If Carnahan loses, Talent would take over immediately, since this is technically a special election. That could also affect this month’s lame-duck session, giving the Republicans one more Senate vote.
The stakes are potentially enormous. Congress has passed only two of 13 spending bills; to keep the government running, returning lawmakers will have to pass the others or roll them together into an omnibus spending bill.
“An omnibus bill is always a big risk,” said a prominent Jewish activist here. “Stuff gets thrown in, pulled out, and it takes months before people understand exactly what money was appropriated and what wasn’t.”
Of special concern to Jewish activists: $200 million in supplemental aid for Israel tucked into the House version of the foreign aid appropriations bill, and spending for a number of health and human service programs.
Lobbying And A Nosh
Downtown Washington has lots of attractions, but fine kosher dining is not among them. That’s a problem for the burgeoning army of observant Capitol Hill staffers, lobbyists, administration officials and other federal workers who face hunger and depressing bag lunches as they go about their business.
Enter Jack Abramoff, one of the city’s top lobbyists and pal to the GOP conservative elite.
Abramoff, who toils for the power firm of Greenberg Traurig, was tired of not having a nice place to bring clients for lunch. He was sick, too, of listening to one of the most persistent gripes of Jewish Washingtonians: “Why doesn’t this town have a decent deli?”
In the next few weeks, observant Washingtonians will get a taste of Abramoff’s response to this dilemma: two new glatt kosher restaurants using a single kitchen, only a few blocks from the Capitol, in a building that once housed a Planet Hollywood.
Stacks will be an “upscale New York deli,” the conservative lobbyist said. Archives “will be fine American cuisine.”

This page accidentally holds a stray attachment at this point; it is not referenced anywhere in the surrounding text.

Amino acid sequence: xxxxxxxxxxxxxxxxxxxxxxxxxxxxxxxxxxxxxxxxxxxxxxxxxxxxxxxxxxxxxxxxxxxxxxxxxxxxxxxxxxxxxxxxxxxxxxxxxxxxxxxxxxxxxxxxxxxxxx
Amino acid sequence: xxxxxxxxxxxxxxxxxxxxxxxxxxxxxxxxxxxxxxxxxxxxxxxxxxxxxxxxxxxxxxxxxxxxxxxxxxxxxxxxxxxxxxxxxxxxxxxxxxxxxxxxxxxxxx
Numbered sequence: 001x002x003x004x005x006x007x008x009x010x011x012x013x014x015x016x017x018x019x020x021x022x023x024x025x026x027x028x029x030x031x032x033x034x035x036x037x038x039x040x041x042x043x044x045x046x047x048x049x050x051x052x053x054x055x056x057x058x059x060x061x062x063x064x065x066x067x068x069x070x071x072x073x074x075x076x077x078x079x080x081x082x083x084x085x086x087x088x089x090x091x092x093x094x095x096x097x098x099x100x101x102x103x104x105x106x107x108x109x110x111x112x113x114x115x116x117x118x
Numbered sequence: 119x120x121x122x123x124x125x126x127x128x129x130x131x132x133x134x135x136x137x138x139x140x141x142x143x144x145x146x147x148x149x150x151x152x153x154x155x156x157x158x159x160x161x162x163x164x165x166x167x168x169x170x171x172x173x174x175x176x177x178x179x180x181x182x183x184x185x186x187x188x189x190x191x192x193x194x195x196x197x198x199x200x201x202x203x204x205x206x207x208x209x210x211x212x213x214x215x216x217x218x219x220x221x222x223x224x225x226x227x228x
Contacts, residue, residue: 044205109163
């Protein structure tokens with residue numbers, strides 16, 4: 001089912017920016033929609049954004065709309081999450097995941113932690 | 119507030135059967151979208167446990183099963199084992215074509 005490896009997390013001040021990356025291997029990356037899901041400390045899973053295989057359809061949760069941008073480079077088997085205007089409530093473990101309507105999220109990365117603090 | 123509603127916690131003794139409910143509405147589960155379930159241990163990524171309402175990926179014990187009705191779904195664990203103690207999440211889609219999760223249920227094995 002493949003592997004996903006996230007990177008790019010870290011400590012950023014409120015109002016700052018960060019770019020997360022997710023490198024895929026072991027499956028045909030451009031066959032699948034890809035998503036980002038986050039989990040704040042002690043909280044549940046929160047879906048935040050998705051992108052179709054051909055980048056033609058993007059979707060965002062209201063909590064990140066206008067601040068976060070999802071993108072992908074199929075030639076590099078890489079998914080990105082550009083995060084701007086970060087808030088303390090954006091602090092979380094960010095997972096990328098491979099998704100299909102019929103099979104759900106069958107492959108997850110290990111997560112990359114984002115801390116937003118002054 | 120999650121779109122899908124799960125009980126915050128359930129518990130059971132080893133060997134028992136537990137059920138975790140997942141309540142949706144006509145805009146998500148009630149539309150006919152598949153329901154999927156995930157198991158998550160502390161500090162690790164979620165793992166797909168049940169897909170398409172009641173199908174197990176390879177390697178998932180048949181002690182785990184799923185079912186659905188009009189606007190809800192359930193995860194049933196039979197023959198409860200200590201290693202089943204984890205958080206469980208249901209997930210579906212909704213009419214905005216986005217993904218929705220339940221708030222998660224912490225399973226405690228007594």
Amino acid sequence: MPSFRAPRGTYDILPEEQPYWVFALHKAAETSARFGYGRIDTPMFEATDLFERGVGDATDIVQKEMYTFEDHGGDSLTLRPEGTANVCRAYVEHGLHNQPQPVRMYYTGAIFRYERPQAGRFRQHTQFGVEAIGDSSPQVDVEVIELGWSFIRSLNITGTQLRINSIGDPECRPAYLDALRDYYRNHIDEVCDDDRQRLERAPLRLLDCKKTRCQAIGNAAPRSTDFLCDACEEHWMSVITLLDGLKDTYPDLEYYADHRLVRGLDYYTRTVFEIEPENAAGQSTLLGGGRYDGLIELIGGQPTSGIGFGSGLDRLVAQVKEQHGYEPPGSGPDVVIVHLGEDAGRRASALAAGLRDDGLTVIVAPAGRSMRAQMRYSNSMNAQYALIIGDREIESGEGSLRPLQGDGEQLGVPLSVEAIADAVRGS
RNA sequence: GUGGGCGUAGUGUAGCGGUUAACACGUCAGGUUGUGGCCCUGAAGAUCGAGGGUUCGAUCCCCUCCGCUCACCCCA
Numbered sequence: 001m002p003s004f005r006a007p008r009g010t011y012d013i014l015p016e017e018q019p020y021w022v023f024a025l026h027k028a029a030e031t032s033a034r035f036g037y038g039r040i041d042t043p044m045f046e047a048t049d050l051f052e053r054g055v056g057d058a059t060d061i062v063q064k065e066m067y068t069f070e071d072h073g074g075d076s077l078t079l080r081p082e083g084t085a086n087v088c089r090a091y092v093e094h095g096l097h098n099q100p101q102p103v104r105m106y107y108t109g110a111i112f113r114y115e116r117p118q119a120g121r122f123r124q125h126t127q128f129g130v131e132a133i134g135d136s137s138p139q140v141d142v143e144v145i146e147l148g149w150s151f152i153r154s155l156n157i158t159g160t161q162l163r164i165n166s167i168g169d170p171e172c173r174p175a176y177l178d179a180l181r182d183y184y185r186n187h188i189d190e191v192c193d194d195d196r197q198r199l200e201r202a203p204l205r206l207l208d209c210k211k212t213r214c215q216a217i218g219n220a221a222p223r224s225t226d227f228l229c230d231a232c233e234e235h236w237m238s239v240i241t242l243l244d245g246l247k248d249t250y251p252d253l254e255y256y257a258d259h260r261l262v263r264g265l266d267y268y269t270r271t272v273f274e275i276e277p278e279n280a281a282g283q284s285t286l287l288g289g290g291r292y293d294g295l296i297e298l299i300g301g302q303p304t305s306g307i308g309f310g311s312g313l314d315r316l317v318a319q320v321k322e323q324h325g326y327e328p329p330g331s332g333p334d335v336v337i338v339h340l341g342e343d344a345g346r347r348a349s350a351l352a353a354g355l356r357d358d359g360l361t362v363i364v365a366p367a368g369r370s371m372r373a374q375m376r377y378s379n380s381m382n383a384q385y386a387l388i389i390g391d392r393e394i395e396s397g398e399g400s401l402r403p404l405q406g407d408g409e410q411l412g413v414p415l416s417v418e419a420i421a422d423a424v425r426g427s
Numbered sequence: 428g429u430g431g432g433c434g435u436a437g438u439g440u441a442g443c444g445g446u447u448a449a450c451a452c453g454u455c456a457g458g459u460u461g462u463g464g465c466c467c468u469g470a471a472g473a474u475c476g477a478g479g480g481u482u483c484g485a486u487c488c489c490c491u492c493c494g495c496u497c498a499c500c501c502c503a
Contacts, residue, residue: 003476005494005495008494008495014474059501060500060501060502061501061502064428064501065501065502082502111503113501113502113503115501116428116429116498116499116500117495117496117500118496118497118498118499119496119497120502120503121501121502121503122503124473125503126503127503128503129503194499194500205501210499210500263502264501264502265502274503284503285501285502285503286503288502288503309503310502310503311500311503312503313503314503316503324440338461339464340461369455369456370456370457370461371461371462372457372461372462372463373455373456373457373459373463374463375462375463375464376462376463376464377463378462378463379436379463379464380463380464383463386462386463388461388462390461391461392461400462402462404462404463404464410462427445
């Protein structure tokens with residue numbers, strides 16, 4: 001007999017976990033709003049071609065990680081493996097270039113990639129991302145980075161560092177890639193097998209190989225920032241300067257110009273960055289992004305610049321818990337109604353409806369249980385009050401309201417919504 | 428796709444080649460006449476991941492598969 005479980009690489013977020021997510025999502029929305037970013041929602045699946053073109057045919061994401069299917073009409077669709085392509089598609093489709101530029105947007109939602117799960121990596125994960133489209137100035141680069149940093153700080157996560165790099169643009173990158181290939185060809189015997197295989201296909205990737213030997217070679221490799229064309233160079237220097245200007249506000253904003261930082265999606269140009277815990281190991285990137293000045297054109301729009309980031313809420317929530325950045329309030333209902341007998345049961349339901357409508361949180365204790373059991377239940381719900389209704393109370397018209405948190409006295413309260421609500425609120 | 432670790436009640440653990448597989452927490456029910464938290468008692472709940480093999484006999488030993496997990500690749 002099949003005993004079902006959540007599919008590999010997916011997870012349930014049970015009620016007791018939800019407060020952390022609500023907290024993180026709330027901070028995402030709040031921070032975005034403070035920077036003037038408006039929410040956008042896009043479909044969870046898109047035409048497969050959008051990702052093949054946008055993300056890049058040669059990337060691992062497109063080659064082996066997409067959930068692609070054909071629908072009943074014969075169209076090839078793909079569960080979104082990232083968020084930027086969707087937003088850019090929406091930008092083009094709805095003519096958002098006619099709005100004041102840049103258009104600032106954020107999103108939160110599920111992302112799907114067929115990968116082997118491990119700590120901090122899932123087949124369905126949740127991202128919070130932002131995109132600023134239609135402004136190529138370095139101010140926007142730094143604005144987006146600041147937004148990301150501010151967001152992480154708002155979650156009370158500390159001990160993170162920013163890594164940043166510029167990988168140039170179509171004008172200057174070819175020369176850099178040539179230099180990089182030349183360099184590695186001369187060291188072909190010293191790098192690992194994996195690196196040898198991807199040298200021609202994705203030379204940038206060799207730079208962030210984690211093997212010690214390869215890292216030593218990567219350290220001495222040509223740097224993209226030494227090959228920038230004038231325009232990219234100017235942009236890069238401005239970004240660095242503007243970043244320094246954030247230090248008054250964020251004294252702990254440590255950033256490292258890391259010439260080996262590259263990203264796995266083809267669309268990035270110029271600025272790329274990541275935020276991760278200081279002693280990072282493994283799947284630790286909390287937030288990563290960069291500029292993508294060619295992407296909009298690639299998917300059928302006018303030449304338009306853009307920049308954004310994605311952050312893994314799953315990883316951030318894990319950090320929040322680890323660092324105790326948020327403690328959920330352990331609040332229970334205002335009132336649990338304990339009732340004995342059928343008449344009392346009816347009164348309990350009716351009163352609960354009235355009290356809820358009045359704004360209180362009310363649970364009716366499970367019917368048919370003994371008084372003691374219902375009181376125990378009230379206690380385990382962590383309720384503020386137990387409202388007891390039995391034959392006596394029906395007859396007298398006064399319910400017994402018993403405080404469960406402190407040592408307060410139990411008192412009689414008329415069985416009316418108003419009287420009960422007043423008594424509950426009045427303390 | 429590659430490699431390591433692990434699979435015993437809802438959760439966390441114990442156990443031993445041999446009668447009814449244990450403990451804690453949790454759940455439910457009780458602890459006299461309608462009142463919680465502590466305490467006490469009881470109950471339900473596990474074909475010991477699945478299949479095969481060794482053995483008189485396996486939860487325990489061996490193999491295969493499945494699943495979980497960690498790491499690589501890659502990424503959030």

For Abramoff, the logic of becoming a restaurateur was simple.
“There’s a growing kosher consumer clientele that needs a nice place to eat, and there just wasn’t anything available,” he said.
His market research also pointed to the deli deficiency. “It became abundantly clear that everybody — kosher and non-kosher consumers — wanted a real New York deli,” Abramoff said. “People felt there was nothing else in the city that filled that niche.”
Abramoff said the twin restaurants promise to become genuine gathering places for Jewish politicos in town. He even promised to serve liberals.
Jewish machers said they won’t be surprised to see Orthodox activists using the restaurant to entertain GOP bigwigs like House Majority Leader Tom DeLay (R-Texas) and Attorney General John Ashcroft, both among Abramoff’s pals.
Abramoff formerly held court at L’etoile, a fine kosher restaurant in the DuPont Circle area that closed after losing its lease.
The deli is tentatively scheduled to open Nov. 11, pending resolution of some issues with local kosher certification authorities.
Gala Hillel Opening
In one of the glitziest gatherings of Jewish wealth and power in recent memory, supporters of a revitalized Hillel: The Foundation for Jewish Campus Life gathered downtown Sunday to celebrate the official opening of the group’s new world headquarters.
The crowd included the benefactors who have made the Hillel renaissance possible — people with names like Bronfman and Schusterman and Steinhardt. These dignitaries and the students on hand heard from Supreme Court Justice Ruth Bader Ginsburg and White House domestic policy adviser Jay Lefkowitz.
In brief remarks at the opening ceremony for the $15 million building in Chinatown, Ginsburg said “it is fitting that Hillel will be housed in this fine new facility where students can come together and take pride and draw strength from their Jewish heritage.”
She described her own life as an example of the limitless opportunities for Jews in modern America.
“What is the difference between a New York City garment district bookkeeper and a Supreme Court justice?” Ginsburg asked. “One generation, as my life bears witness: the difference between the opportunities open to my mother, a bookkeeper, and those open to me.”
Lefkowitz, who has emerged as one of the strongest Jewish voices inside the Bush White House, used the occasion to lash out at the moral relativism that he said is pervasive at American colleges and challenged Hillel to provide a “moral compass” for students.
“One of the purposes of college is to get a moral education, to gain the ability to tell right from wrong,” he told attendees at a gala dinner. “Moral relativism and moral equivalence are wrong. Truly, some things are wrong and that must be dismissed out of hand.”
Lefkowitz praised Harvard President Lawrence Summers for speaking out against anti-Israel and anti-Semitic views on campus, and he charged Hillel to be a strong advocate for Israel and against the rising tide of campus anti-Semitism.